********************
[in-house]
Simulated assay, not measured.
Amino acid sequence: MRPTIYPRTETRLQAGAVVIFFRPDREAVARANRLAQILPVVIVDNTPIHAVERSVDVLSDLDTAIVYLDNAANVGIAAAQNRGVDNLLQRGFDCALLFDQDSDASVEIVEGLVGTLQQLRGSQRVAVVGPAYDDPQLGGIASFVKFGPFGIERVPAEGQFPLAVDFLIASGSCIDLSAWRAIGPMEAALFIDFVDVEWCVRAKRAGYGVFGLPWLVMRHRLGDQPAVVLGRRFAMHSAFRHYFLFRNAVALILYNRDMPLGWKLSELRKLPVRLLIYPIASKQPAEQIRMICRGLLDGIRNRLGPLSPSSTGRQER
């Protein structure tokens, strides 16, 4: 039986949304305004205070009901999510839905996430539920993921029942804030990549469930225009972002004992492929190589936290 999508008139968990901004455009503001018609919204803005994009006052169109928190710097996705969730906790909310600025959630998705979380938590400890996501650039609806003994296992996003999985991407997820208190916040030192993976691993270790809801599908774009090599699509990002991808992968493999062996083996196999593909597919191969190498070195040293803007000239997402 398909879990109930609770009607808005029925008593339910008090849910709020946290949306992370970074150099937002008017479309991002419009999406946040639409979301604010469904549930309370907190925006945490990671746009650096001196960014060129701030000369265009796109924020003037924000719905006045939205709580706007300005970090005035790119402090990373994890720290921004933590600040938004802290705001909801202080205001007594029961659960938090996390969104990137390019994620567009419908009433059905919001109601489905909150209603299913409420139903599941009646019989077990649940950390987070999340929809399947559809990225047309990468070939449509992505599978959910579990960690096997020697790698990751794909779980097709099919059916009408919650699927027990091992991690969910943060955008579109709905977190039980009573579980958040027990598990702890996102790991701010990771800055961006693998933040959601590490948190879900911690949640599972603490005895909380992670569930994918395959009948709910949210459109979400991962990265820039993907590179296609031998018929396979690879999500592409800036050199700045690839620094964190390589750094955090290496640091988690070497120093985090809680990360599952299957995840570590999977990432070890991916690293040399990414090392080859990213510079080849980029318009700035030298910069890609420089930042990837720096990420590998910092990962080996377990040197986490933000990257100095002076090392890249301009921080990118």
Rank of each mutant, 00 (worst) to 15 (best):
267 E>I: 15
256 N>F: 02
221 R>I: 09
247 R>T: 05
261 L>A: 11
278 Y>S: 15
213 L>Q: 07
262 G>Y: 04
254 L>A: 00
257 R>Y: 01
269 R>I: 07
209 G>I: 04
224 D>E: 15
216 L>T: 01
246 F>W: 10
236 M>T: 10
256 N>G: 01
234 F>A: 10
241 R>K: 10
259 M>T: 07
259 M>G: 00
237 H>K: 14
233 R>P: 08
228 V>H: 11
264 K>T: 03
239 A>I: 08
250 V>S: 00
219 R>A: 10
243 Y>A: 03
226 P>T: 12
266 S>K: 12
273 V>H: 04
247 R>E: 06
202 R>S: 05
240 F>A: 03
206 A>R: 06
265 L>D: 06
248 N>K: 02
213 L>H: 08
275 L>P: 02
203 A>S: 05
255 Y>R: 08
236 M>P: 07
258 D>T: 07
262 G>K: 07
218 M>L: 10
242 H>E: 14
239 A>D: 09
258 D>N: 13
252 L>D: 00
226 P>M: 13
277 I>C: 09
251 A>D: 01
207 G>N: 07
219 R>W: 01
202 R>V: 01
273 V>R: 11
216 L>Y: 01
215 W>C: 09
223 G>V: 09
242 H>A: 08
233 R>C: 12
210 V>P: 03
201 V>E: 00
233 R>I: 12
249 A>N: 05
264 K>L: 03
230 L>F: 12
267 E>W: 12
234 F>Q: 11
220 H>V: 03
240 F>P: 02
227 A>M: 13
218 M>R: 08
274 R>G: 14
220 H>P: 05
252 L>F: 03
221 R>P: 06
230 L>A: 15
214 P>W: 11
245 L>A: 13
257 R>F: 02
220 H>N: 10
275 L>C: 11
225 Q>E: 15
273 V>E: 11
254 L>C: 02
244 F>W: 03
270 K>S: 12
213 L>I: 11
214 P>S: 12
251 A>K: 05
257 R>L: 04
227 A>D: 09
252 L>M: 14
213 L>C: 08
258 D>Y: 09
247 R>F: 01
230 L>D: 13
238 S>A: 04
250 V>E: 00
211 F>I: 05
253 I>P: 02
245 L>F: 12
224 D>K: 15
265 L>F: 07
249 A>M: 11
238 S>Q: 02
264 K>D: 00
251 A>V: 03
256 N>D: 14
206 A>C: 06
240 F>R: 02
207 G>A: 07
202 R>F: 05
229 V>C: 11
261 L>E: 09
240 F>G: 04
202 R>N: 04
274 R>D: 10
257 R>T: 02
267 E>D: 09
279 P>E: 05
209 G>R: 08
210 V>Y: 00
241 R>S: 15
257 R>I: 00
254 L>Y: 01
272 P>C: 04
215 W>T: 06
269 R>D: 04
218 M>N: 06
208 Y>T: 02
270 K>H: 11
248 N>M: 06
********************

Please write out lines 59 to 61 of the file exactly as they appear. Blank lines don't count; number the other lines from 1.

207 G>N: 07
219 R>W: 01
202 R>V: 01